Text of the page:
Pointing out that J has his father’s surname, and that therefore all of our children would have a link-by-name to their paternal grandfather, probably helped.
But mainly it was (a) and (c) that did it. As before, when a discussion has got grouchy, my strongly worded response was that if it mattered so much to J that he couldn’t compromise, then he should feel free to find somebody else to reproduce with. And yes, trolls of the internet: it matters enough to me that I would go and find somebody else to reproduce with. The moral of this story is that compromising is fantastic, as long as it’s not you that has to do it.
*We’d discussed hyphenating, which I hate, and discussed using one name as a middle name, which is what will happen. J’s dad, thinking that we were planning on hyphenating and presumably terrified that J’s surname would be less visible, insisted that J’s should go first. So it will. As the middle name. Mine will be the “real” surname. There’s a small, petty bit of me that is just waiting to see his face when he realises….
Dear readers (and I know you still exist, because WordPress tells me, so there!), have you seen Rose’s comment on my Sexuality and Gender Expression Bingo page? No? Well, here it is:
“This is awesome. Can you please do one for biphobia next?”
As I said there, I didn’t write any of those cards, I just transcribed them. But my search-engine skills are second to none, and I’ve actually found not just a Biphobic Bingo card, but a whole load of others, too! Hooray!
Bear with me as I tinker about behind the scenes to bring the new ones to your attention…
So, the inevitable has happened, and Shapely Prose is officially closed for business. The amazing Kate Harding is still alive and well and is leaving Shapely Prose up as an archive, which is lovely. She’s also blogging in a personal capacity here, but as you’ll see, she’s not wanting to deal with comments threads of doom, even nice ones, so this is my official “Thank You, Kate Harding” comment-turned-post.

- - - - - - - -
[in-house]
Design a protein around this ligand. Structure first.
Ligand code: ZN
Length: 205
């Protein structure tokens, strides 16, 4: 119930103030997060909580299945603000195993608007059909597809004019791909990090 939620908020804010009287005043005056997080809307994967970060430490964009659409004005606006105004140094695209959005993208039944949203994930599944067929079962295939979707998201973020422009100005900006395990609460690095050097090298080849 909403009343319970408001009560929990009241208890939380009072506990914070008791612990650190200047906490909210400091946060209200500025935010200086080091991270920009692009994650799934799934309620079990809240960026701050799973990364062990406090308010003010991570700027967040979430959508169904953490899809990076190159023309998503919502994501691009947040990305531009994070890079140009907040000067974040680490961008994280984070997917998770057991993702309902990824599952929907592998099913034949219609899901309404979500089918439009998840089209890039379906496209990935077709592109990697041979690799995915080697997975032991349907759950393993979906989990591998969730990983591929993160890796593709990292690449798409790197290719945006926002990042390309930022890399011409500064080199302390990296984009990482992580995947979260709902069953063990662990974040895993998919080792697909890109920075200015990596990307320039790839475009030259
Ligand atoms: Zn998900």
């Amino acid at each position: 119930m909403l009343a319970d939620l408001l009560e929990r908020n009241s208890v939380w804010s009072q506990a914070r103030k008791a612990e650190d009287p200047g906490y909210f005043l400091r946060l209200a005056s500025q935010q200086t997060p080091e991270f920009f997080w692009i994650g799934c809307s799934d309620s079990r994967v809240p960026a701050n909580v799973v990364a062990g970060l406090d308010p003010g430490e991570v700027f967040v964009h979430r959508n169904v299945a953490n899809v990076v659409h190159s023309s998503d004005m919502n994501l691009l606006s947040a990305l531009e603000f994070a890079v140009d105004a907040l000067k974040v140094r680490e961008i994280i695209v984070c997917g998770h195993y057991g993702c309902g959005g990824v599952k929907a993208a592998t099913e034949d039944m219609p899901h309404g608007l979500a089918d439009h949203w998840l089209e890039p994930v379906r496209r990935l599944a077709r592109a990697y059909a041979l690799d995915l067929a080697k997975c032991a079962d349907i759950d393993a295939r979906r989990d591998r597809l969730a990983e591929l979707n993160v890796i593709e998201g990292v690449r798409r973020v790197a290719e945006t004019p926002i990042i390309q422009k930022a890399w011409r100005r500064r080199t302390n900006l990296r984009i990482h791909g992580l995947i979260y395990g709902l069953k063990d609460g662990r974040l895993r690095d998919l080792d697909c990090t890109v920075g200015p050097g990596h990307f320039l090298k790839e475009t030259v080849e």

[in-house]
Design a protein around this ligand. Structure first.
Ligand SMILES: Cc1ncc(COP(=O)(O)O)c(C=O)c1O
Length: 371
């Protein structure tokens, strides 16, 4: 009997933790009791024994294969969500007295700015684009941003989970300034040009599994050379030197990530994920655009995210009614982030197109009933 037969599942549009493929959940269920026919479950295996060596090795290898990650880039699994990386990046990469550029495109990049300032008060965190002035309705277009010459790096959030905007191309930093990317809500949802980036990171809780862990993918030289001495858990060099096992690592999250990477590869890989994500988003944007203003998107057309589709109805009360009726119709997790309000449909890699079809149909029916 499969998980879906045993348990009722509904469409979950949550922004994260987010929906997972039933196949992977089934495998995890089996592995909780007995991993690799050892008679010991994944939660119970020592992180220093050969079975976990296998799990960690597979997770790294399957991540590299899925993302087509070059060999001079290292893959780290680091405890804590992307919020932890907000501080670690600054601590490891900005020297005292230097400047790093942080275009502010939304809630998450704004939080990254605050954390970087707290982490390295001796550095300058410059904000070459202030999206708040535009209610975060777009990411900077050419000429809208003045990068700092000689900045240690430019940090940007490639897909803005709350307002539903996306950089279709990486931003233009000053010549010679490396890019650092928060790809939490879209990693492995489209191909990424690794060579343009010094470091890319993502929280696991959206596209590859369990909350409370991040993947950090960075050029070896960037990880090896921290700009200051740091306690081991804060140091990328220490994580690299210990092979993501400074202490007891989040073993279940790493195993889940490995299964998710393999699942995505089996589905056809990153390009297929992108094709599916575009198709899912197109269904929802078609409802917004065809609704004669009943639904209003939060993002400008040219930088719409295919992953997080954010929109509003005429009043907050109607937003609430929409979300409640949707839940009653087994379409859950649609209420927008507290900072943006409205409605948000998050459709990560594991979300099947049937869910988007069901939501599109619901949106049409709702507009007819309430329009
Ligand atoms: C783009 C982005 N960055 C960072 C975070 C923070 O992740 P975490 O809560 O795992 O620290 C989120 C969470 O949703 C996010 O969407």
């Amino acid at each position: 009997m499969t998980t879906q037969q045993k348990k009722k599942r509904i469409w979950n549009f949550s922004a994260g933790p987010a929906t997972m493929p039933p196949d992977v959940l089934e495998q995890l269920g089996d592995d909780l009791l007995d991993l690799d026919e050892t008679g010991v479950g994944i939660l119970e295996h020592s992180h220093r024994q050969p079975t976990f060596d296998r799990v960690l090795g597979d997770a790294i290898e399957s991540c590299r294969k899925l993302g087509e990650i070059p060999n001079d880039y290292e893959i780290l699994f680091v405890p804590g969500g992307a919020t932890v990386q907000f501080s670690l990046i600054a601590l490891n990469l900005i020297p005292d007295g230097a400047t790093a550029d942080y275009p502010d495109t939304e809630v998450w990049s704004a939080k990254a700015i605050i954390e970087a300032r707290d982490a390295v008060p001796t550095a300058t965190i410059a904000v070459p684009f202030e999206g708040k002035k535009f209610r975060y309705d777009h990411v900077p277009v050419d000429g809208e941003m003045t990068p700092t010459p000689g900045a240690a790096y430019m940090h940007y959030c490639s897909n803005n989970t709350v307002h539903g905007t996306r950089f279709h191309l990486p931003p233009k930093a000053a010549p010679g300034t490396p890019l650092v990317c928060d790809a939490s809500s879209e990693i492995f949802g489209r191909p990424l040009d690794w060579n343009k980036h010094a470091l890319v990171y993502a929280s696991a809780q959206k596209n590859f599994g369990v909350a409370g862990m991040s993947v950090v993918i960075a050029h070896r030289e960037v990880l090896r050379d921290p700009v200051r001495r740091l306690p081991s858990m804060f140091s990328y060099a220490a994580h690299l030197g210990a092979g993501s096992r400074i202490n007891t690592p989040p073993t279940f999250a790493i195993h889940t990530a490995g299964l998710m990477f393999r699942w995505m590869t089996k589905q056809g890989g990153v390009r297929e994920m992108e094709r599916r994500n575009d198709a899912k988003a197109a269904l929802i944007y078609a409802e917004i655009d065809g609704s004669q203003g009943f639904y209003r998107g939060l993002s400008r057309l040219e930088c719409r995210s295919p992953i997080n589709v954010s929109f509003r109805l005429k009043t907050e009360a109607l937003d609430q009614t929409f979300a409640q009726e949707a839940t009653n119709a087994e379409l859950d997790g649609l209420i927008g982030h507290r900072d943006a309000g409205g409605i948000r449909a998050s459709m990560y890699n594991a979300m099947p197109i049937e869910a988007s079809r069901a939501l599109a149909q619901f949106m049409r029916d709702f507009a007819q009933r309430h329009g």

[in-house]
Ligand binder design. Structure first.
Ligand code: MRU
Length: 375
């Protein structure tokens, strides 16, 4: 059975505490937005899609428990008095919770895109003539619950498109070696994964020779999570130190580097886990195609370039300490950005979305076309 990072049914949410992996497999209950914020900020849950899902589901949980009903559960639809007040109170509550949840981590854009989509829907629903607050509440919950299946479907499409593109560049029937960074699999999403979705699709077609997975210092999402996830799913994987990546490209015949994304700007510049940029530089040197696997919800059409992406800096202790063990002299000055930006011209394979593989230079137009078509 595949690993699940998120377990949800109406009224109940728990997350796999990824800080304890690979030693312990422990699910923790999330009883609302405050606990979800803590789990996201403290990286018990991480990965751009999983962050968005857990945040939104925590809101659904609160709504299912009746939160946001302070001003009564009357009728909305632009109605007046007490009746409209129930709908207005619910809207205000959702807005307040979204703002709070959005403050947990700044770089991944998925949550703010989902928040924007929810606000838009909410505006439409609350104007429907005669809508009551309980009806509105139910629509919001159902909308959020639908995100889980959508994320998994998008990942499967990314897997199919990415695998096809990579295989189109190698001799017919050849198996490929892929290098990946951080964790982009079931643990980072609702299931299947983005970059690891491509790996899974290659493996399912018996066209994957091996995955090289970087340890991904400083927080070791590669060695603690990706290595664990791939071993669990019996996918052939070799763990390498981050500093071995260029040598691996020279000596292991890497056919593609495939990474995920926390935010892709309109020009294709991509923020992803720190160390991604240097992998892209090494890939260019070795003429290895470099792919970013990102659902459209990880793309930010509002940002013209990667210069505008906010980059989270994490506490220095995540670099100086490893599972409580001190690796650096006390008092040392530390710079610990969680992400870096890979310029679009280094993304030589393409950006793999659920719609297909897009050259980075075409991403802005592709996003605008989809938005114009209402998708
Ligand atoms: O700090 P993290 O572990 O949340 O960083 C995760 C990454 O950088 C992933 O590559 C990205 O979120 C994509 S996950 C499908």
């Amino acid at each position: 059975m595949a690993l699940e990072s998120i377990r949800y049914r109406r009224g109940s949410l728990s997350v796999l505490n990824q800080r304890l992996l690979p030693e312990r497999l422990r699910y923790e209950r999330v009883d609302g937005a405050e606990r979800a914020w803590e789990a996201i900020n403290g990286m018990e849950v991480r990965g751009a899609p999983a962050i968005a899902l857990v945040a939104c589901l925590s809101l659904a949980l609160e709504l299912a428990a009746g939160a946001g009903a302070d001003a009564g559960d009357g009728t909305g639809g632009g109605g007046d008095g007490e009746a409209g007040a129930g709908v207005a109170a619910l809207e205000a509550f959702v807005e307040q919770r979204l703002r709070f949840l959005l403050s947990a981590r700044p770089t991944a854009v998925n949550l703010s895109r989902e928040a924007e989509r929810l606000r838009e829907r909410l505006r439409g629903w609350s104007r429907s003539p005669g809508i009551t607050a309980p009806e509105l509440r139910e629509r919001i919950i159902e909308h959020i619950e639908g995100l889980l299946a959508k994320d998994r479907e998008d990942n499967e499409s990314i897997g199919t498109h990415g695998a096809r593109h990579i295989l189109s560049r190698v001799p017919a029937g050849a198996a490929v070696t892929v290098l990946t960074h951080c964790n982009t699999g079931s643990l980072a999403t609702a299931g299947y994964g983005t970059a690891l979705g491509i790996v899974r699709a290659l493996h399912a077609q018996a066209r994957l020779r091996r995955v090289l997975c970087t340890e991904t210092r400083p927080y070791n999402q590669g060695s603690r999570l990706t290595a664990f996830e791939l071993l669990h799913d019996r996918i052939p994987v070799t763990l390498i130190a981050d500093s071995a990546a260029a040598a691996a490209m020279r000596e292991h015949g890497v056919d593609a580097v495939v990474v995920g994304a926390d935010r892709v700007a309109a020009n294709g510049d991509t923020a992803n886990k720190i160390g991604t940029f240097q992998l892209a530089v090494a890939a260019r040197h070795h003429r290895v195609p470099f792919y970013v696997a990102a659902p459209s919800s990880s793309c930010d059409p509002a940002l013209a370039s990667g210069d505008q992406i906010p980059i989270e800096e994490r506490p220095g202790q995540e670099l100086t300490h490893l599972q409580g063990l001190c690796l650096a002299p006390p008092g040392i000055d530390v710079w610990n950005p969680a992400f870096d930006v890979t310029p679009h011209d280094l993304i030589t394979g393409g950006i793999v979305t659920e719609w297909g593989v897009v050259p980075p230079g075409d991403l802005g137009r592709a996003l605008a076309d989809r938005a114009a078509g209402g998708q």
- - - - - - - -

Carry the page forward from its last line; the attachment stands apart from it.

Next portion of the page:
Shapely Prose was feminism and fat acceptance, with a smattering of Health At Every Size and a fair few posts entitled “Why I Shouldn’t Breed”. I’m one of the lucky young women that avoided a teenage eating disorder, but I’d be lying if I said I’d never looked at myself and wished I was a different shape. In fact, I’d be lying if I said I’d never looked down at myself in the shower and thought to myself that I really looked quite like a supermarket chicken from that angle.
And Shapely Prose helped with that. Not with the looking-like-a-chicken thing, that’s just something that is, and actually it’s quite entertaining. A bit like the way watching the shower water drip off your breasts is entertaining. But it definitely helped with the wishing-I-were-a-different-shape thing. I suspect most of us have done it at some point – gone clothes shopping and come home empty-handed, with the feeling that our bodies must just be wrong, because nothing fits. But as Kirsten’s dad recently pointed out, and as the good folk at Shapely Prose said often, that just means that the clothes were wrong.